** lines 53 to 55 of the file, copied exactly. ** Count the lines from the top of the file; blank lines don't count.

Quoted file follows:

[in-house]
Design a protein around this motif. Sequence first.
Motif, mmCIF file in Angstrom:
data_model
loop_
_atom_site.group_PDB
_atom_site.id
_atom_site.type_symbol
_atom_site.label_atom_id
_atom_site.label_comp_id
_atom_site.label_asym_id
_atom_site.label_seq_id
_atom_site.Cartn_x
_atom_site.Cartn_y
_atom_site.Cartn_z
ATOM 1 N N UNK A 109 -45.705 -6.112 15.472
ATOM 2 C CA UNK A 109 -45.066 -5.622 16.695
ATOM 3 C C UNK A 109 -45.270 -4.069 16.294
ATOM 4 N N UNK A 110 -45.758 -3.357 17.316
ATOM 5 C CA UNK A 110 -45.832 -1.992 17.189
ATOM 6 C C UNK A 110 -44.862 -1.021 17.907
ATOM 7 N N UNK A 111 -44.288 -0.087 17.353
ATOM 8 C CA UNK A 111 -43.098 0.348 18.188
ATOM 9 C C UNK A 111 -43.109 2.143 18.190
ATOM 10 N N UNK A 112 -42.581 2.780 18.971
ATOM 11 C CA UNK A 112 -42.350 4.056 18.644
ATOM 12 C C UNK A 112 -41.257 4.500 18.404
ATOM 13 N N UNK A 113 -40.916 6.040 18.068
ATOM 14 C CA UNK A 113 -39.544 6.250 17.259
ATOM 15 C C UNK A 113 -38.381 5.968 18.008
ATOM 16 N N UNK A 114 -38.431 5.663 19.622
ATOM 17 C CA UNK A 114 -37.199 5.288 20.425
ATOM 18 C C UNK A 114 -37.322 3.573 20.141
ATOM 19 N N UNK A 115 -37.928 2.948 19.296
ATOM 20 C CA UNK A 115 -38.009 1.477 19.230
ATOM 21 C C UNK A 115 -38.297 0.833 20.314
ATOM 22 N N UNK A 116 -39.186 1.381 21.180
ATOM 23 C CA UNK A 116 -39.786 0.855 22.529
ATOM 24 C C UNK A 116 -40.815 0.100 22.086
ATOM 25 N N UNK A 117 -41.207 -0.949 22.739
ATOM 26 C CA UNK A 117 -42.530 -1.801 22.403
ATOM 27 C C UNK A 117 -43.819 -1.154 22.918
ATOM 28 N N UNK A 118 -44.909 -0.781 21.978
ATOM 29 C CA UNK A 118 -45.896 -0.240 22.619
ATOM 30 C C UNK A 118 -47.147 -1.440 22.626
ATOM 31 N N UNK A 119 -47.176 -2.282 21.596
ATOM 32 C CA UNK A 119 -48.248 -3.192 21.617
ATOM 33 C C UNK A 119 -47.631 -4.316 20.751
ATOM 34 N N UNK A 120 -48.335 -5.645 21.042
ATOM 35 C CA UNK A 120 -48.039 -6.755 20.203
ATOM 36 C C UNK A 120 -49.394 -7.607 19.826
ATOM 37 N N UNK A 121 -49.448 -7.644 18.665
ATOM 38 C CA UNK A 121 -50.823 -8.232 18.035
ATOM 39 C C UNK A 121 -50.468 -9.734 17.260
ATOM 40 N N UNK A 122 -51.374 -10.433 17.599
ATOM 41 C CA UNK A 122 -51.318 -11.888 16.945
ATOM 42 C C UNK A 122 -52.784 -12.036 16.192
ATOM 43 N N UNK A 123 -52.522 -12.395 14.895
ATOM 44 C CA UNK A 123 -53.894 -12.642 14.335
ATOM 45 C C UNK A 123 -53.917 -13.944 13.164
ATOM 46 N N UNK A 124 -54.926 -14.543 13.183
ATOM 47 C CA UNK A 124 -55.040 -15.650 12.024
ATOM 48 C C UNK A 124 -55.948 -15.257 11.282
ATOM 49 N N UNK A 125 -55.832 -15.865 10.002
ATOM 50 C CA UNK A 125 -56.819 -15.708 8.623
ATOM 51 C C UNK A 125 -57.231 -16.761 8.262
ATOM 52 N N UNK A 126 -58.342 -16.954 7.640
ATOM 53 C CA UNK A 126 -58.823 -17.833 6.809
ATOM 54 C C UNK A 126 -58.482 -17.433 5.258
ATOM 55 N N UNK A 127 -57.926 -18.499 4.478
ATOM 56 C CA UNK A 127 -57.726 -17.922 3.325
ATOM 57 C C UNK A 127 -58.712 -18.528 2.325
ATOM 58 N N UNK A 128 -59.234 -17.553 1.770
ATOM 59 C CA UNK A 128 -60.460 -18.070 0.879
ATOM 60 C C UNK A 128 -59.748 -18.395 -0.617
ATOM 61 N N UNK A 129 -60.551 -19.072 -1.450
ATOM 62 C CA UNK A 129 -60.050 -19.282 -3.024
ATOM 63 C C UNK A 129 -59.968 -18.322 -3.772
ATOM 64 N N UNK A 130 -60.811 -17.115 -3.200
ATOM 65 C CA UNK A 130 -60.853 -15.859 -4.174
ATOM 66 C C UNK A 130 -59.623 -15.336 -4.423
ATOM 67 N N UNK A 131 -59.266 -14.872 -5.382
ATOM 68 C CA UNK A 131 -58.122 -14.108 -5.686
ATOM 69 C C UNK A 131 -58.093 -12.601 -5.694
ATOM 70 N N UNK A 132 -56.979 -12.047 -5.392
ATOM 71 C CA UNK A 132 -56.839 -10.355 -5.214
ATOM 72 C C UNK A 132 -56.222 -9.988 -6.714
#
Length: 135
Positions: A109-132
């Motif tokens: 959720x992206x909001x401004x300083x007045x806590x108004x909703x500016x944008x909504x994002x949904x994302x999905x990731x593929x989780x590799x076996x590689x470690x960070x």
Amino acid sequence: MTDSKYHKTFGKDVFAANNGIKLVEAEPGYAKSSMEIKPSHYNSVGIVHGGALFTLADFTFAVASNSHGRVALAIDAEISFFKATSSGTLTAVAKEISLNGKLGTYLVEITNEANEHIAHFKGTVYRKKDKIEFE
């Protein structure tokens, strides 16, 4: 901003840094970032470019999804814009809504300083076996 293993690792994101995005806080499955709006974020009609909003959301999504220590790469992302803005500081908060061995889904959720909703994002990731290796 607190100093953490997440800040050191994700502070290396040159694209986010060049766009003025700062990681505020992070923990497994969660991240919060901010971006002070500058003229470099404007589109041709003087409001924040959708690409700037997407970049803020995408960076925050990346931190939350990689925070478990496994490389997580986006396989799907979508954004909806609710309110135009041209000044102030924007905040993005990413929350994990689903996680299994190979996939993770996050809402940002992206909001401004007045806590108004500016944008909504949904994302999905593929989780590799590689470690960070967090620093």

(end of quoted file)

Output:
ATOM 38 C CA UNK A 121 -50.823 -8.232 18.035
ATOM 39 C C UNK A 121 -50.468 -9.734 17.260
ATOM 40 N N UNK A 122 -51.374 -10.433 17.599